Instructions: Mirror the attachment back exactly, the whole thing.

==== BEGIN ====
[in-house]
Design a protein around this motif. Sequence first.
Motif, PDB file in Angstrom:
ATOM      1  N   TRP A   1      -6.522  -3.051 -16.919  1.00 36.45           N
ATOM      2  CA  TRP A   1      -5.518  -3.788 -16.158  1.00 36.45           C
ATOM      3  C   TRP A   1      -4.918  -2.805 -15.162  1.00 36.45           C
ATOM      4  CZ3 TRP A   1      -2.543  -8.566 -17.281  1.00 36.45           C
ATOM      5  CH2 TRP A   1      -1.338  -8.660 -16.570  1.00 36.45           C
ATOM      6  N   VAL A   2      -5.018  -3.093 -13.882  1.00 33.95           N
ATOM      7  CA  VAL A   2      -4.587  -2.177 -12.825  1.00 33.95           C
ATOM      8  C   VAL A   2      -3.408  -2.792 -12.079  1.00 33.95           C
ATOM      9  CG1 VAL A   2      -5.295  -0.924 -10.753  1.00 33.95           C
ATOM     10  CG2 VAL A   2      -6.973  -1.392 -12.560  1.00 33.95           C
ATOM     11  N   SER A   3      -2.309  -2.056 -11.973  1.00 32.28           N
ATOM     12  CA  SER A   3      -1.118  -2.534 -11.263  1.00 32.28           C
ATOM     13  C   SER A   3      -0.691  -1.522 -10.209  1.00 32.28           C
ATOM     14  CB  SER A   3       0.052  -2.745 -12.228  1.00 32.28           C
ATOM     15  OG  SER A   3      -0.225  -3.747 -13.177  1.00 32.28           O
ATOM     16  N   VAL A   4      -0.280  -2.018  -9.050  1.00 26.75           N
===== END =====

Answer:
[in-house]
Design a protein around this motif. Sequence first.
Motif, PDB file in Angstrom:
ATOM      1  N   TRP A   1      -6.522  -3.051 -16.919  1.00 36.45           N
ATOM      2  CA  TRP A   1      -5.518  -3.788 -16.158  1.00 36.45           C
ATOM      3  C   TRP A   1      -4.918  -2.805 -15.162  1.00 36.45           C
ATOM      4  CZ3 TRP A   1      -2.543  -8.566 -17.281  1.00 36.45           C
ATOM      5  CH2 TRP A   1      -1.338  -8.660 -16.570  1.00 36.45           C
ATOM      6  N   VAL A   2      -5.018  -3.093 -13.882  1.00 33.95           N
ATOM      7  CA  VAL A   2      -4.587  -2.177 -12.825  1.00 33.95           C
ATOM      8  C   VAL A   2      -3.408  -2.792 -12.079  1.00 33.95           C
ATOM      9  CG1 VAL A   2      -5.295  -0.924 -10.753  1.00 33.95           C
ATOM     10  CG2 VAL A   2      -6.973  -1.392 -12.560  1.00 33.95           C
ATOM     11  N   SER A   3      -2.309  -2.056 -11.973  1.00 32.28           N
ATOM     12  CA  SER A   3      -1.118  -2.534 -11.263  1.00 32.28           C
ATOM     13  C   SER A   3      -0.691  -1.522 -10.209  1.00 32.28           C
ATOM     14  CB  SER A   3       0.052  -2.745 -12.228  1.00 32.28           C
ATOM     15  OG  SER A   3      -0.225  -3.747 -13.177  1.00 32.28           O
ATOM     16  N   VAL A   4      -0.280  -2.018  -9.050  1.00 26.75           N